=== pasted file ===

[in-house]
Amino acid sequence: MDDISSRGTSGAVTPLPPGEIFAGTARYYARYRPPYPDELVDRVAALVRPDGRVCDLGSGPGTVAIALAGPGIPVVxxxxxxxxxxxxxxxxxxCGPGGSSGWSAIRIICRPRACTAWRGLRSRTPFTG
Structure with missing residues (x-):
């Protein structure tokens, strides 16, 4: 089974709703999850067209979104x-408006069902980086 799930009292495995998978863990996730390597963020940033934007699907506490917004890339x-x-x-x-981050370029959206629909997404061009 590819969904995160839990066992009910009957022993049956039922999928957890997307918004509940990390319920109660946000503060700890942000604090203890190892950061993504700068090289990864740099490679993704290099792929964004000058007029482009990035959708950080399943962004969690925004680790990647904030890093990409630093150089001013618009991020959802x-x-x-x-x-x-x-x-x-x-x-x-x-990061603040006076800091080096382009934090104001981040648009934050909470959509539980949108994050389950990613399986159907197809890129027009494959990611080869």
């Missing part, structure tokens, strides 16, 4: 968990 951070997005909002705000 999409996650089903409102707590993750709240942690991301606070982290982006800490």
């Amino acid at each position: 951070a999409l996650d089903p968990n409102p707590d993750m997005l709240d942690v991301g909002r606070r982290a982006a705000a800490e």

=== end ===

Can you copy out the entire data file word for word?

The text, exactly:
[in-house]
Amino acid sequence: MDDISSRGTSGAVTPLPPGEIFAGTARYYARYRPPYPDELVDRVAALVRPDGRVCDLGSGPGTVAIALAGPGIPVVxxxxxxxxxxxxxxxxxxCGPGGSSGWSAIRIICRPRACTAWRGLRSRTPFTG
Structure with missing residues (x-):
């Protein structure tokens, strides 16, 4: 089974709703999850067209979104x-408006069902980086 799930009292495995998978863990996730390597963020940033934007699907506490917004890339x-x-x-x-981050370029959206629909997404061009 590819969904995160839990066992009910009957022993049956039922999928957890997307918004509940990390319920109660946000503060700890942000604090203890190892950061993504700068090289990864740099490679993704290099792929964004000058007029482009990035959708950080399943962004969690925004680790990647904030890093990409630093150089001013618009991020959802x-x-x-x-x-x-x-x-x-x-x-x-x-990061603040006076800091080096382009934090104001981040648009934050909470959509539980949108994050389950990613399986159907197809890129027009494959990611080869």
């Missing part, structure tokens, strides 16, 4: 968990 951070997005909002705000 999409996650089903409102707590993750709240942690991301606070982290982006800490």
């Amino acid at each position: 951070a999409l996650d089903p968990n409102p707590d993750m997005l709240d942690v991301g909002r606070r982290a982006a705000a800490e």